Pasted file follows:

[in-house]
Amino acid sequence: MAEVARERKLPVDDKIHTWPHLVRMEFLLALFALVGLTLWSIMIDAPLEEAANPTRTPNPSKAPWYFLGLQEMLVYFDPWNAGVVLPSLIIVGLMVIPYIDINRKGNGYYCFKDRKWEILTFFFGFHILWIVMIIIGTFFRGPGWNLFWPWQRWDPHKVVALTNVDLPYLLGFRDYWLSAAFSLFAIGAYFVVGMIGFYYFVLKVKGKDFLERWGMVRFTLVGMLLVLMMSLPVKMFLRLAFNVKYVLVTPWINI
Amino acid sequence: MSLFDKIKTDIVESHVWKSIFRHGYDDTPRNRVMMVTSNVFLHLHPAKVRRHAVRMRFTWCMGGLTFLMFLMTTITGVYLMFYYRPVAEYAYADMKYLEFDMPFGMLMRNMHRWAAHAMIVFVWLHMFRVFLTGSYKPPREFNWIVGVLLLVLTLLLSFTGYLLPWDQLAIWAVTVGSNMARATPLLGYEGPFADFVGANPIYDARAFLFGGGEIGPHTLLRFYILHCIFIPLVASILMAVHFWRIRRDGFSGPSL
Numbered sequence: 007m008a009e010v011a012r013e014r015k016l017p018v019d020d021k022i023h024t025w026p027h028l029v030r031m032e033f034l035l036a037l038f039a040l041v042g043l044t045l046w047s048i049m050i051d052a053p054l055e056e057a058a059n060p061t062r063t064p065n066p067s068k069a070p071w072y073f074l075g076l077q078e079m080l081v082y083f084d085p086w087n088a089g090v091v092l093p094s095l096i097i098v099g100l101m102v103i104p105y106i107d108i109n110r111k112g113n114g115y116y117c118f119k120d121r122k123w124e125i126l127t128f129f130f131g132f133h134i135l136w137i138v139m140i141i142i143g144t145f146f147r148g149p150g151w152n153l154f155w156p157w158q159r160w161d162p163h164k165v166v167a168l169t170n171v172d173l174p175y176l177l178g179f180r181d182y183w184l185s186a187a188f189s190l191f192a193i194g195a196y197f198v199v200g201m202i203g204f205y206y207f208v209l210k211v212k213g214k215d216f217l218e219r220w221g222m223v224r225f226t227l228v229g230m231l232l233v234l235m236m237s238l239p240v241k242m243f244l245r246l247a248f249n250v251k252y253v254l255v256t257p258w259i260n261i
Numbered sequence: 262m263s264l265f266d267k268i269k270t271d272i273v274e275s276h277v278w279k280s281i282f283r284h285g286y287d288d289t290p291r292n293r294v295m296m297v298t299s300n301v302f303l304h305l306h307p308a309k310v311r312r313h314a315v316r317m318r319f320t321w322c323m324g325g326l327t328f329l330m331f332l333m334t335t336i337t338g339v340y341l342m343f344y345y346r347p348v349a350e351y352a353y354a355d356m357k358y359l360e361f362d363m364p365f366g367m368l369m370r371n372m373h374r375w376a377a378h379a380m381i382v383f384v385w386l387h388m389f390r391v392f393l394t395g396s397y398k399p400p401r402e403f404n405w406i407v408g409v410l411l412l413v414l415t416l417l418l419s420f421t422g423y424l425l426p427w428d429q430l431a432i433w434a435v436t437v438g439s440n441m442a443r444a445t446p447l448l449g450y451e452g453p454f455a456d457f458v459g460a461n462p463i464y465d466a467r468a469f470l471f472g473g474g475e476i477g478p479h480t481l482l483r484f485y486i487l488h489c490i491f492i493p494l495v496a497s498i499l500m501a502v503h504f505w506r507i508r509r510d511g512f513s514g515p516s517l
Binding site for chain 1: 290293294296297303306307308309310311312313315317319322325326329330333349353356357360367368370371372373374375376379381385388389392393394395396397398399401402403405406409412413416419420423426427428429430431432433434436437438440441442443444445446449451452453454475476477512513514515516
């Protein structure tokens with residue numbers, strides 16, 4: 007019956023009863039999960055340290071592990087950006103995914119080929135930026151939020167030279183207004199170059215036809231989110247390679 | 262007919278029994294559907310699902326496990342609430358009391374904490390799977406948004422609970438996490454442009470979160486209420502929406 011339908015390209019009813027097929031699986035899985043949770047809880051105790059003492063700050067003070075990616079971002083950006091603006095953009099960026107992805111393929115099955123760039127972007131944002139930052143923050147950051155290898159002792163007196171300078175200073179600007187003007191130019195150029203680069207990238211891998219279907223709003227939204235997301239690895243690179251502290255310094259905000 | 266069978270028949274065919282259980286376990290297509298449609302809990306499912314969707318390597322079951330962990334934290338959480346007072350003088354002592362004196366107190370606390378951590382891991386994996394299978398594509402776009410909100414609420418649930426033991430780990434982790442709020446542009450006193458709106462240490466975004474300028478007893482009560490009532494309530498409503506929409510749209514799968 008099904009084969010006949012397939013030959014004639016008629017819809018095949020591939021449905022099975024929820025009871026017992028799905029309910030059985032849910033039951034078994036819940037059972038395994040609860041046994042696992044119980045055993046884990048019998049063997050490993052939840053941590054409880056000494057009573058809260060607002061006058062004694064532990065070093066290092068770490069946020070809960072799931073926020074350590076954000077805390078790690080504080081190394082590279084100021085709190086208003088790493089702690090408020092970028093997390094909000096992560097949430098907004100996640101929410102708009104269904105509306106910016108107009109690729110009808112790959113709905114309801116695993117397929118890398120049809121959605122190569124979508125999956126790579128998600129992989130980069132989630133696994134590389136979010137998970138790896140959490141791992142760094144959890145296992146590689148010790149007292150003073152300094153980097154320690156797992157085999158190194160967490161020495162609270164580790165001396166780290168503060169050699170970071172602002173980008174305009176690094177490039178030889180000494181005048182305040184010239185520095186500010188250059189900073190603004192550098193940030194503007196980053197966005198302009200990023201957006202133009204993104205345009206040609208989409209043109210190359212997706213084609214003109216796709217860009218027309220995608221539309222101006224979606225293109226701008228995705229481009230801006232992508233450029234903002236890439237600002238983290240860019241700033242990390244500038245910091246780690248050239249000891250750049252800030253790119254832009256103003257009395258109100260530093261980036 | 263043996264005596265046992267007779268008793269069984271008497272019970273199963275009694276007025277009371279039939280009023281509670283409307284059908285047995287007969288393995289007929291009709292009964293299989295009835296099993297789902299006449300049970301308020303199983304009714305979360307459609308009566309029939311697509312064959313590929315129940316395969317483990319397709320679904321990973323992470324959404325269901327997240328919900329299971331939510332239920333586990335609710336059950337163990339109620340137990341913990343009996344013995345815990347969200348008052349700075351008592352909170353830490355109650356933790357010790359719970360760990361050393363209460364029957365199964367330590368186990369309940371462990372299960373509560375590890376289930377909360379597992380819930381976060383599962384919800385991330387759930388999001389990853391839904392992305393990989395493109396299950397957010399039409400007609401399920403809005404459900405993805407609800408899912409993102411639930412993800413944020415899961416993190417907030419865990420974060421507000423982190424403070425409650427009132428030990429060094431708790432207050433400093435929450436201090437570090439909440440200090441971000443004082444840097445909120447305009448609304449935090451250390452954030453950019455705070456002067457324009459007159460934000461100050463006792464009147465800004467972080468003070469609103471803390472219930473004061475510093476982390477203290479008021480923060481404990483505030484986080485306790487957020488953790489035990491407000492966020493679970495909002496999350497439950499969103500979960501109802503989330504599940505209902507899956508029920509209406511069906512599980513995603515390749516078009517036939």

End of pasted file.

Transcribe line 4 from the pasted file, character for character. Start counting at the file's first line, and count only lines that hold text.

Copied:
Numbered sequence: 007m008a009e010v011a012r013e014r015k016l017p018v019d020d021k022i023h024t025w026p027h028l029v030r031m032e033f034l035l036a037l038f039a040l041v042g043l044t045l046w047s048i049m050i051d052a053p054l055e056e057a058a059n060p061t062r063t064p065n066p067s068k069a070p071w072y073f074l075g076l077q078e079m080l081v082y083f084d085p086w087n088a089g090v091v092l093p094s095l096i097i098v099g100l101m102v103i104p105y106i107d108i109n110r111k112g113n114g115y116y117c118f119k120d121r122k123w124e125i126l127t128f129f130f131g132f133h134i135l136w137i138v139m140i141i142i143g144t145f146f147r148g149p150g151w152n153l154f155w156p157w158q159r160w161d162p163h164k165v166v167a168l169t170n171v172d173l174p175y176l177l178g179f180r181d182y183w184l185s186a187a188f189s190l191f192a193i194g195a196y197f198v199v200g201m202i203g204f205y206y207f208v209l210k211v212k213g214k215d216f217l218e219r220w221g222m223v224r225f226t227l228v229g230m231l232l233v234l235m236m237s238l239p240v241k242m243f244l245r246l247a248f249n250v251k252y253v254l255v256t257p258w259i260n261i